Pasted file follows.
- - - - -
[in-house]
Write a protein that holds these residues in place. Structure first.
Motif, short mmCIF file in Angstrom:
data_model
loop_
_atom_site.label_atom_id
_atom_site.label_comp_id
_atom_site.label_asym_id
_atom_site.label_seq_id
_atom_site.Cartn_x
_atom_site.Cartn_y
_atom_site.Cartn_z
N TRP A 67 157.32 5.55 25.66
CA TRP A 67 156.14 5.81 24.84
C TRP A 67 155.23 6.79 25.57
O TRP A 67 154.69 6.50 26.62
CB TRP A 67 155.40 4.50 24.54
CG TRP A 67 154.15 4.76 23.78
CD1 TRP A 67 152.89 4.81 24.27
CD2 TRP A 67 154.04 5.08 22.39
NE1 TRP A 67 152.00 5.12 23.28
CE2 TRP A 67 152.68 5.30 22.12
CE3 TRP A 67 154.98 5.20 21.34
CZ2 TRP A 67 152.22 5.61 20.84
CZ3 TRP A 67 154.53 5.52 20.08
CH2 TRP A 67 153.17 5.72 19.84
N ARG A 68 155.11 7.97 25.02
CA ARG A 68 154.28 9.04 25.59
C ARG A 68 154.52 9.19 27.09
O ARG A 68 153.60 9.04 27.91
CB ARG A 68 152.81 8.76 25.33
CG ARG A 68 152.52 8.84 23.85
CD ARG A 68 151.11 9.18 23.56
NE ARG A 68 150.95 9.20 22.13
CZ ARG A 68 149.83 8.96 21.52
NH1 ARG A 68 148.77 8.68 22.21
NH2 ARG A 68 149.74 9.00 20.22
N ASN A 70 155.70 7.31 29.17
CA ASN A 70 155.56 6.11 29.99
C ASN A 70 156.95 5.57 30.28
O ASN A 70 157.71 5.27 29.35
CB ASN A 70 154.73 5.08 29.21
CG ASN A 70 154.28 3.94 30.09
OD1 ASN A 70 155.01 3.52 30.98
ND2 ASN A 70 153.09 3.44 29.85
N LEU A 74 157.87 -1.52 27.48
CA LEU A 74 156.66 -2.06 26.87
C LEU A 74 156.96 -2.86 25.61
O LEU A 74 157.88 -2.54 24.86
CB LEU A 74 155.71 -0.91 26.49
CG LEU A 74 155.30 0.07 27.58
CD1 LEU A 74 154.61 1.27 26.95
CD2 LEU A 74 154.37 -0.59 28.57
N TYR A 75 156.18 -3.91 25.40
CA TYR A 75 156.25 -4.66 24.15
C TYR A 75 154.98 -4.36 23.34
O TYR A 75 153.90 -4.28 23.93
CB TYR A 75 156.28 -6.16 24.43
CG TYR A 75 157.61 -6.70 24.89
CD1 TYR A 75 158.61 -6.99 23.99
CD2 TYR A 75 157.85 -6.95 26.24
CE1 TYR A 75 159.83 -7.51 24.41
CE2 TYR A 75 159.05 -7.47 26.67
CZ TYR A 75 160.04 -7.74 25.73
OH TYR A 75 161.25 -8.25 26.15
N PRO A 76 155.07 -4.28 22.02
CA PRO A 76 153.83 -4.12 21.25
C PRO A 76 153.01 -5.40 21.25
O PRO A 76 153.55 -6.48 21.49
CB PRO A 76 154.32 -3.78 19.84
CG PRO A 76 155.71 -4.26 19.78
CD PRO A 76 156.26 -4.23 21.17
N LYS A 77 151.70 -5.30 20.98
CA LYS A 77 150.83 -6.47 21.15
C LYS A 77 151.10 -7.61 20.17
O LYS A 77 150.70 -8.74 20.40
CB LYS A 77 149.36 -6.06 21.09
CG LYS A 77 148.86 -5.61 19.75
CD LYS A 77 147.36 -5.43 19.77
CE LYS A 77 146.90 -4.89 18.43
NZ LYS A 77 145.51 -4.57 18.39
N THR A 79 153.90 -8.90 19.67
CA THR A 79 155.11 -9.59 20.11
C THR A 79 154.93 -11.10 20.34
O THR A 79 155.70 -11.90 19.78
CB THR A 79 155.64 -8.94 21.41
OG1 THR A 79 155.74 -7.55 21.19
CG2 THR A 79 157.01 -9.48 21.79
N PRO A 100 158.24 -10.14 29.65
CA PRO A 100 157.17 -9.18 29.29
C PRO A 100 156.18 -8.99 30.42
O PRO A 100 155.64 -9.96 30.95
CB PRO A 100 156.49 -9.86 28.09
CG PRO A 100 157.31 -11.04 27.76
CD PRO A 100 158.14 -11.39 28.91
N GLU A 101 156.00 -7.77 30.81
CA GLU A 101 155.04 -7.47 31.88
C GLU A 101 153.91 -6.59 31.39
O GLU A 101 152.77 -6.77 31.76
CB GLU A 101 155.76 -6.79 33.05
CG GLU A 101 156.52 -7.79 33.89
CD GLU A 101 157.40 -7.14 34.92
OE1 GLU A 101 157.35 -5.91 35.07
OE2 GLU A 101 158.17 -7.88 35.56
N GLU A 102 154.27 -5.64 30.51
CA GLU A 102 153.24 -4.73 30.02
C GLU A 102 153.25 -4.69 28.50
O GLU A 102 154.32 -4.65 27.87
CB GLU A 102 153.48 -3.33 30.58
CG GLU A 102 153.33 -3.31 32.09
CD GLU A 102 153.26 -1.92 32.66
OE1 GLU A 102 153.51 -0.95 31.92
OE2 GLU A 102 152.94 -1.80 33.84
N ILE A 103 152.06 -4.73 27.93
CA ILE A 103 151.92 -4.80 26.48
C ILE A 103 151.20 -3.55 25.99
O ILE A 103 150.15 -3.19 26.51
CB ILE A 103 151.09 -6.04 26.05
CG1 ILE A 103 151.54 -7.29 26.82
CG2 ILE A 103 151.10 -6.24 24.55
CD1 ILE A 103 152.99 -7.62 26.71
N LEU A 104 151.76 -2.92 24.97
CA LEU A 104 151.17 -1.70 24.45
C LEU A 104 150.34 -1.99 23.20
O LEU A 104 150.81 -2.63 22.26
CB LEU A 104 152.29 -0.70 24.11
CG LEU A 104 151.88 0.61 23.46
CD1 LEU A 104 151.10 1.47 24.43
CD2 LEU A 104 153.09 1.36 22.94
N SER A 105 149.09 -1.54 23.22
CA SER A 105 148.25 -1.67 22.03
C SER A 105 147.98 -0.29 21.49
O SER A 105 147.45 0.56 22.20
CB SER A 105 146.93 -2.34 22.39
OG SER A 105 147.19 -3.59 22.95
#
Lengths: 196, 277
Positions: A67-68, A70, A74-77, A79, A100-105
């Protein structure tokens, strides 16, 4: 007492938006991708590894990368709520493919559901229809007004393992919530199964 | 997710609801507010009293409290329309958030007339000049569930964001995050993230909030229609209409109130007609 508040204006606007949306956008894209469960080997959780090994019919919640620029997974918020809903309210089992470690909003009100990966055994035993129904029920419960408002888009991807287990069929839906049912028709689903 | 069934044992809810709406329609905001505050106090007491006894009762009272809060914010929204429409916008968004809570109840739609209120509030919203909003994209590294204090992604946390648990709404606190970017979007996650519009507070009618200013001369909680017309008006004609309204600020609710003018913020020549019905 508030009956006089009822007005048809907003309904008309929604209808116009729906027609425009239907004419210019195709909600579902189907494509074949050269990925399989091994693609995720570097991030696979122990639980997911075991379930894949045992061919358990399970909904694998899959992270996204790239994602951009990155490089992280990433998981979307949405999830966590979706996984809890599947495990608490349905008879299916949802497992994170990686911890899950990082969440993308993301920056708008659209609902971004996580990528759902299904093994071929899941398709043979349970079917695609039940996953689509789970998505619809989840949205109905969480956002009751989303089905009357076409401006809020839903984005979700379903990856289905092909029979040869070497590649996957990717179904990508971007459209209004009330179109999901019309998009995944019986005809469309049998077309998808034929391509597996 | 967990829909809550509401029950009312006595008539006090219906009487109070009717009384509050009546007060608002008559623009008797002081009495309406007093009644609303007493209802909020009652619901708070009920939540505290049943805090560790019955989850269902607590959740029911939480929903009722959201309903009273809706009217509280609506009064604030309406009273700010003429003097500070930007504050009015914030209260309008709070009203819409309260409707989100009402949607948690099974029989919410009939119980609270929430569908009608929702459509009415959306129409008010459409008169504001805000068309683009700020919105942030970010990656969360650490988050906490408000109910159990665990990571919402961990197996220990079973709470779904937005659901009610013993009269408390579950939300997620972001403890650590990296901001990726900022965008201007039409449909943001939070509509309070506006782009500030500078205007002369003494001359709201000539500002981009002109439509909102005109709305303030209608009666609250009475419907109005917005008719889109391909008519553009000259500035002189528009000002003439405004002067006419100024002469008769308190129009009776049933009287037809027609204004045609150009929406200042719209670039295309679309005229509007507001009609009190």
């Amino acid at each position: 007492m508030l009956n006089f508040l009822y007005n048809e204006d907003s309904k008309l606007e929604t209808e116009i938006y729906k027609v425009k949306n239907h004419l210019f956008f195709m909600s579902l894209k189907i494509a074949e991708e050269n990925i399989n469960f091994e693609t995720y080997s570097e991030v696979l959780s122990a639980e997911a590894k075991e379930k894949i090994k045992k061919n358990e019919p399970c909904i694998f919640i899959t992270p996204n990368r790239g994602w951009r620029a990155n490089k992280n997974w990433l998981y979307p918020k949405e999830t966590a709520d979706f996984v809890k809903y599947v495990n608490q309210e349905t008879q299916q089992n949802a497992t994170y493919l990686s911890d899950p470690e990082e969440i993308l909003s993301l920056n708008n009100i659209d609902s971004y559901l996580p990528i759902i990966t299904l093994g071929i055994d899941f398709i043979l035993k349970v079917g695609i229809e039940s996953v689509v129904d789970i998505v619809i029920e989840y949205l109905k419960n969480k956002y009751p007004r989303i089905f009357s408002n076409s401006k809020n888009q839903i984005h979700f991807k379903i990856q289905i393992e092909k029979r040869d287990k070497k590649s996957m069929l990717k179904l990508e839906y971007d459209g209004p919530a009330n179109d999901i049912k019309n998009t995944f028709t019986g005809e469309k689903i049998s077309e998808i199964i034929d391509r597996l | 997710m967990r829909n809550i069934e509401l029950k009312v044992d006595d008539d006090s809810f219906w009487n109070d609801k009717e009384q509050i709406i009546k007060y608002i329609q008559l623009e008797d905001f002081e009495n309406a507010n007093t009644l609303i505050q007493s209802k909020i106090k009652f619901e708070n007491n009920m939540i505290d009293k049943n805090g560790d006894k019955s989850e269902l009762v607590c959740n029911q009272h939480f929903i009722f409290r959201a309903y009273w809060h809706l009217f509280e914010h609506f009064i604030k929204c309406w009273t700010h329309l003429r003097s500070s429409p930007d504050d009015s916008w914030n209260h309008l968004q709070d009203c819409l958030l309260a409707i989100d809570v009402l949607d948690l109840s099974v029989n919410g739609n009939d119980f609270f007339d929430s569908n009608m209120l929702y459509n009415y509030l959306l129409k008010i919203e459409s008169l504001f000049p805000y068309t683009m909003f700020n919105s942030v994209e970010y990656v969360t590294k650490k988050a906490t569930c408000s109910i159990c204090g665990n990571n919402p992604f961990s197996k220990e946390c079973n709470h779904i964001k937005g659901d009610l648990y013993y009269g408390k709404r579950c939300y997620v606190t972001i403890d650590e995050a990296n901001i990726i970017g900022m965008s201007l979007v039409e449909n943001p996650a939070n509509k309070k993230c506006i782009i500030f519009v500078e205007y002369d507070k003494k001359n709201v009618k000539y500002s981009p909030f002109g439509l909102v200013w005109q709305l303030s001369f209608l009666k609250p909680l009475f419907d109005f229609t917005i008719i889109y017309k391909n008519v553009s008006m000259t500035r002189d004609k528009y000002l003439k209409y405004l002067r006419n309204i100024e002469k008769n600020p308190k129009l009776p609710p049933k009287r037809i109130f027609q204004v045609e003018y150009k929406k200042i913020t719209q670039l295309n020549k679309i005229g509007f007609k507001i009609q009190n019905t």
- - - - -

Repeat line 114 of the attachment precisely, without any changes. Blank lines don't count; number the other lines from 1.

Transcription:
N ILE A 103 152.06 -4.73 27.93